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Perfecting Your Plane Lingo

01 August 2023

Perfecting Your Plane Lingo

"Copy, taxi via Juliet, Echo, Alpha". We remember when we were young, pretending to be a pilot, cupping our hands to our mouth as we threw out random words and phrases in the vain attempt of sounding like a true hero of the sky.

However, when you find yourself up in the air on one of our packages, you will no doubt want to sound like a pro and not embarrass yourself when talking over the mic.

Fear not, what was once a mystical language needs no longer be that way, as we give you a short guide into the world of aviation language so that when you take to the sky, you know enough of the basics to know what is going on around you.

What's more, if you take hold of the yoke, flick the sunglasses on and don the headphones yourself, you may even gain enough knowledge to respond with confidence.

  • The Phonetic Alphabet

We will start with the basics, and that is the phonetic alphabet. Adopted in 1956, the phonetic alphabet was introduced by the International Civil Aviation Organisation to help standardise the global language pilots used.

If you look at the English alphabet as it is, there are many consonants and vowels which sound similar, even more so when pronounced over a crackling radio. By using these codes, pilots and controllers can be sure they haven't misheard each other when communicating valuable information.

A – Alpha
B – Bravo
C – Charlie
D – Delta
E – Echo
F – Foxtrot
G – Golf
H – Hotel
I – India
J – Juliette
K – Kilo
L – Lima
M – Mike
N – November
O – Oscar
P – Papa
Q – Quebec
R – Romeo
S – Sierra
T – Tango
U – Uniform
V – Victor
W – Whiskey
X – X-Ray
Y – Yankee
Z – Zulu

  • General Terms

Once the phonetic alphabet is under your belt, there are a few terms which we also think will help set you apart from the newbies and make you sound like a maverick:

Call sign – The letters and numbers which are used to identify an aircraft during conversations.
Crosswind – Wind which is blowing across the plan from the side. This is a particularly difficult wind to land in.
Expedite – A command that includes this word means that the pilot should immediately follow the instructions that have been given.
Flight Deck – Another word for the cockpit.
Service ceiling – The highest altitude which the plane can fly at without causing undue stress on the aircraft.
Wilco – A shortened version of 'will comply'.
Yaw – When a plane tips either wing along a central vertical axis. It is easier to understand if you imagine a pole going up through the middle of the plane which the plane body would rotate around. This motion will help determine which way your nose is pointing.
Pitch – This is the motion that occurs along the lateral axis which goes through the wings. Imagine another pole, just from wingtip to wingtip and helps determine the tilt of the nose, either up or down.
Roll – Final line, this time going through the nose of your plane and then out of the back. This is called the longitudinal axis and movement around that line is called a roll. It can help determine the bank of the wings.
Drag – The resistance (normally air) that is acting against the plane's forward motion.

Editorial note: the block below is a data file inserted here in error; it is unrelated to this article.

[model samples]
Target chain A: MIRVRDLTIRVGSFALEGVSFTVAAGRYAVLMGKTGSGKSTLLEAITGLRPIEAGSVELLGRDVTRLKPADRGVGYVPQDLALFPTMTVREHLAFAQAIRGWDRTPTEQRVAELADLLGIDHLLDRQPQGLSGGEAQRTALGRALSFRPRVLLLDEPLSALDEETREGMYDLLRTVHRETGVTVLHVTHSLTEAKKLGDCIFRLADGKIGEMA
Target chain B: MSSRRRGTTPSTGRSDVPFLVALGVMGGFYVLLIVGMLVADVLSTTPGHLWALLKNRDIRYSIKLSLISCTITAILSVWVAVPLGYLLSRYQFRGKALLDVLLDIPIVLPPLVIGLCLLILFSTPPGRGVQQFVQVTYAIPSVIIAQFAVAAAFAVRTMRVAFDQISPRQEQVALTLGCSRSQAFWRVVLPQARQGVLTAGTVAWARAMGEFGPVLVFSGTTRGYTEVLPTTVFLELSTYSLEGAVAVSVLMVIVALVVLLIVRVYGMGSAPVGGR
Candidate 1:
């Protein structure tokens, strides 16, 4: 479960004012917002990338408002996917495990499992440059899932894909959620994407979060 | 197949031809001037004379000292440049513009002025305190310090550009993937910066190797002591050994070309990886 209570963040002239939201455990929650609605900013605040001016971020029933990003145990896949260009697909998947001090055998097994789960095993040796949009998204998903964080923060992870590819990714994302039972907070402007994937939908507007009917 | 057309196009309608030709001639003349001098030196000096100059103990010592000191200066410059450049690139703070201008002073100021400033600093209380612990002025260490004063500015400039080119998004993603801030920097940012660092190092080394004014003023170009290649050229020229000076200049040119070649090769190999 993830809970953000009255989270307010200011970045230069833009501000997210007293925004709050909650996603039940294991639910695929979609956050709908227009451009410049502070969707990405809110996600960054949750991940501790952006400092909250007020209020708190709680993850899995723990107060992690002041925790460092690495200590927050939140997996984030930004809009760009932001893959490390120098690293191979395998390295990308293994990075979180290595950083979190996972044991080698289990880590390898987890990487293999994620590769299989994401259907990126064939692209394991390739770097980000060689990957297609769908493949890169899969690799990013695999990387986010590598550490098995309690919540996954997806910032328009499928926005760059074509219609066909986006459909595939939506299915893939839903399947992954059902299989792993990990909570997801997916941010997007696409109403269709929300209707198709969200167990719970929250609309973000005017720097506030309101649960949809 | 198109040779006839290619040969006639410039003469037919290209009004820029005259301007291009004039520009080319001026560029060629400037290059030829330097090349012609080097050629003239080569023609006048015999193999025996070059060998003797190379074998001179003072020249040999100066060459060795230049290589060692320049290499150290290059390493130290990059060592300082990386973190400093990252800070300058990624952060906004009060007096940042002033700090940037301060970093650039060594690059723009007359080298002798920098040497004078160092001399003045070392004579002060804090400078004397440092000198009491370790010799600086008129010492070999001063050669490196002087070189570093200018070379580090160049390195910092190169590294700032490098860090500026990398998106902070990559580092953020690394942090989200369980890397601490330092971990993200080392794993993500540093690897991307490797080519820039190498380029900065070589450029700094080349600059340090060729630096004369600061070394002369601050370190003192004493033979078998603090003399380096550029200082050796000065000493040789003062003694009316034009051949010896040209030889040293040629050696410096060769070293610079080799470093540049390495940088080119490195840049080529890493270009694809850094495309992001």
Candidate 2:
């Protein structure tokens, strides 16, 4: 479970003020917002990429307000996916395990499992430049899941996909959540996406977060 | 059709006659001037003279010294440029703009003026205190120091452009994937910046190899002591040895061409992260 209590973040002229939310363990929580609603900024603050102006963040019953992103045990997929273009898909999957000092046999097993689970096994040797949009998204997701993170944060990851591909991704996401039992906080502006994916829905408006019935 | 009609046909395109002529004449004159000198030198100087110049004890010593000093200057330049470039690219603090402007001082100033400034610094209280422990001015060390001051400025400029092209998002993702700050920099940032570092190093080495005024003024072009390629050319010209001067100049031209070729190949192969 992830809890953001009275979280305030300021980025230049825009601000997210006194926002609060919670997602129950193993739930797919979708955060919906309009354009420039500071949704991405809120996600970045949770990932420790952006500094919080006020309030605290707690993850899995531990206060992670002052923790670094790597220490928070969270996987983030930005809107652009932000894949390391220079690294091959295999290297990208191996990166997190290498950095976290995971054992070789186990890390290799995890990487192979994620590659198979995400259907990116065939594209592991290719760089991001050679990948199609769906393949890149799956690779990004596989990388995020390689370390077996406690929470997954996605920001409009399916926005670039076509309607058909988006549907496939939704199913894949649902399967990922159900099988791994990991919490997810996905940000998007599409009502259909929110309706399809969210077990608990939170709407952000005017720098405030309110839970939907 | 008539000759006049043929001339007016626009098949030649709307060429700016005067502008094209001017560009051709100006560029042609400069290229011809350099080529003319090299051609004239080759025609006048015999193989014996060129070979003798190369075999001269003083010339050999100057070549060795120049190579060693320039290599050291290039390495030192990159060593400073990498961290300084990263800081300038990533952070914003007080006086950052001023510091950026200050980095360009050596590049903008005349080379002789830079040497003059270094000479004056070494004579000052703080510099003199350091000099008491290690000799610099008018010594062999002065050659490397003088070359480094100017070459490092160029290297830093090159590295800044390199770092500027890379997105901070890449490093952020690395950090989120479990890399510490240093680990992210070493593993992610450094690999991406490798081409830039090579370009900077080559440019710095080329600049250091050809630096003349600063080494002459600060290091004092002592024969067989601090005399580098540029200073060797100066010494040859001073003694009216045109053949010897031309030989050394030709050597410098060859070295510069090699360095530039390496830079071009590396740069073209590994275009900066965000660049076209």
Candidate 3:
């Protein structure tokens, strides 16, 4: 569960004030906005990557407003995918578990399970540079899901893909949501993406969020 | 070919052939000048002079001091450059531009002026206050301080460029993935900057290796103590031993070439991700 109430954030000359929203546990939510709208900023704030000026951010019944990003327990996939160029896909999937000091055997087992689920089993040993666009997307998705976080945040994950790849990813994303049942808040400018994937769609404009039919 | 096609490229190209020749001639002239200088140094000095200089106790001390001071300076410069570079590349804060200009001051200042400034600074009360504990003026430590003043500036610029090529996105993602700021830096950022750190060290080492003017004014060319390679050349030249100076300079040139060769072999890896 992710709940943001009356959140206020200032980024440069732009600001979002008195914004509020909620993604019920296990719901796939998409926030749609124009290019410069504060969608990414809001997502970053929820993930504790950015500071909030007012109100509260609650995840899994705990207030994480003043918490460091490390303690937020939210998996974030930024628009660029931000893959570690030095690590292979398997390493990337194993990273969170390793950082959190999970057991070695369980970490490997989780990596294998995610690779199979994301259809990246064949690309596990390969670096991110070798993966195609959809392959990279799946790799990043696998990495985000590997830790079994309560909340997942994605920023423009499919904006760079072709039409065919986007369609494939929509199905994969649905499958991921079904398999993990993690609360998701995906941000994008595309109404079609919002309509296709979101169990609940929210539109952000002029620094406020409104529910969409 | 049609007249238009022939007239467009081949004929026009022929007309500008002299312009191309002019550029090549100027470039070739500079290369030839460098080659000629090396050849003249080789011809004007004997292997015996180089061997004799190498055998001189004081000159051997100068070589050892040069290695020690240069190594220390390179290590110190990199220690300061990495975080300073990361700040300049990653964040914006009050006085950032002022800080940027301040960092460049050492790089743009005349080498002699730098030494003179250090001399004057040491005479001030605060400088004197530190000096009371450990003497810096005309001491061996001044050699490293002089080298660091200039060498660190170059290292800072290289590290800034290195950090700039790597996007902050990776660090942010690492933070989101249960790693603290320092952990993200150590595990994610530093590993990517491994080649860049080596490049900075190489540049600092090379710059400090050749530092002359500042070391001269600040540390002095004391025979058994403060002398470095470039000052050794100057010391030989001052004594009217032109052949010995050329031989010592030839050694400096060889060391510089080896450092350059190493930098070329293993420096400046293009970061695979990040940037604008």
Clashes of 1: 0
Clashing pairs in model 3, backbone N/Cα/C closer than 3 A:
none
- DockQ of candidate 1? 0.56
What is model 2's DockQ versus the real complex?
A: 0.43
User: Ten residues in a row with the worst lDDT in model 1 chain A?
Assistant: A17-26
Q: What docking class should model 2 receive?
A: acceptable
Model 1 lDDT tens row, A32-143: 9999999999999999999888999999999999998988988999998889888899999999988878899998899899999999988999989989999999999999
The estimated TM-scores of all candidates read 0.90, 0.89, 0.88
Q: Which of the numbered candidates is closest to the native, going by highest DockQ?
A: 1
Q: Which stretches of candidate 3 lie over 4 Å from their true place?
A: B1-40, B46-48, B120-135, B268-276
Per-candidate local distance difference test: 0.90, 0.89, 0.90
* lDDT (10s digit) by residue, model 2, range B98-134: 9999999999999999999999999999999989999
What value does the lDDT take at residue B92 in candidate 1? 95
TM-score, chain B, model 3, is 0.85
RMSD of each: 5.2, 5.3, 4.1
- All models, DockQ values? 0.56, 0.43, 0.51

Mayday – A famous one, but one we hope you never have to hear or use – it basically is the word used to signal an emergency.
Squawk – This is used to signal that a pilot needs to add a code into their transponder for identification and communication purposes.
Roger – A nice and easy word to show that what has been expressed has been understood by the recipient.

Phrases to help you out throughout your journey:

Finally in our handy little guide are a few phrases which may be used while taxiing, during take-off and landing, as well as when the plane's up in the air:

"Taxi to runway" - Instructs the pilot to manoeuvre the aircraft from the parking area to the runway.
"Cleared for takeoff" - When a pilot hears this, it means they have permission to begin the takeoff roll and depart the runway.
"Rotate" - This command tells the pilot to pull back on the controls and lift the nose wheel off the ground during takeoff.
"Positive rate" - This phrase indicates that the aircraft has achieved a positive rate of climb after takeoff.
"Climb and maintain [altitude]" - Pilots receive this instruction to climb to a specific altitude and maintain it during the flight.
"Flight level [number]" - This phrase is used to specify the cruising altitude at which the aircraft will fly.
"Descent checklist" - When the pilot initiates the pre-landing procedures and prepares for the descent, this phrase is used.
"Established on final" - This phrase means that the aircraft is aligned with the runway and on the final approach path for landing.
"Flaps full" - When the pilot extends the flaps to their maximum position, increasing lift and drag, you might hear this phrase during landing.
"Cleared to land" - Upon receiving this clearance, the pilot has permission to touch down on the runway.

Understanding these key phrases will give you an insight into some of the language spoken during different phases of flight. As you embark on your aviation journey, familiarise yourself with these expressions to enhance your understanding of the fascinating world of aviation.

Remember, flying is an incredible adventure, and the language used in the air adds to the allure of the experience. So, buckle up, prepare for takeoff, and let the language of the skies become your guide as you soar through the clouds. Happy flying!

Visit our Flying Experiences page today on the FlyDays website to browse and book from available Flying Lessons packages with purchase of our Gift Vouchers.

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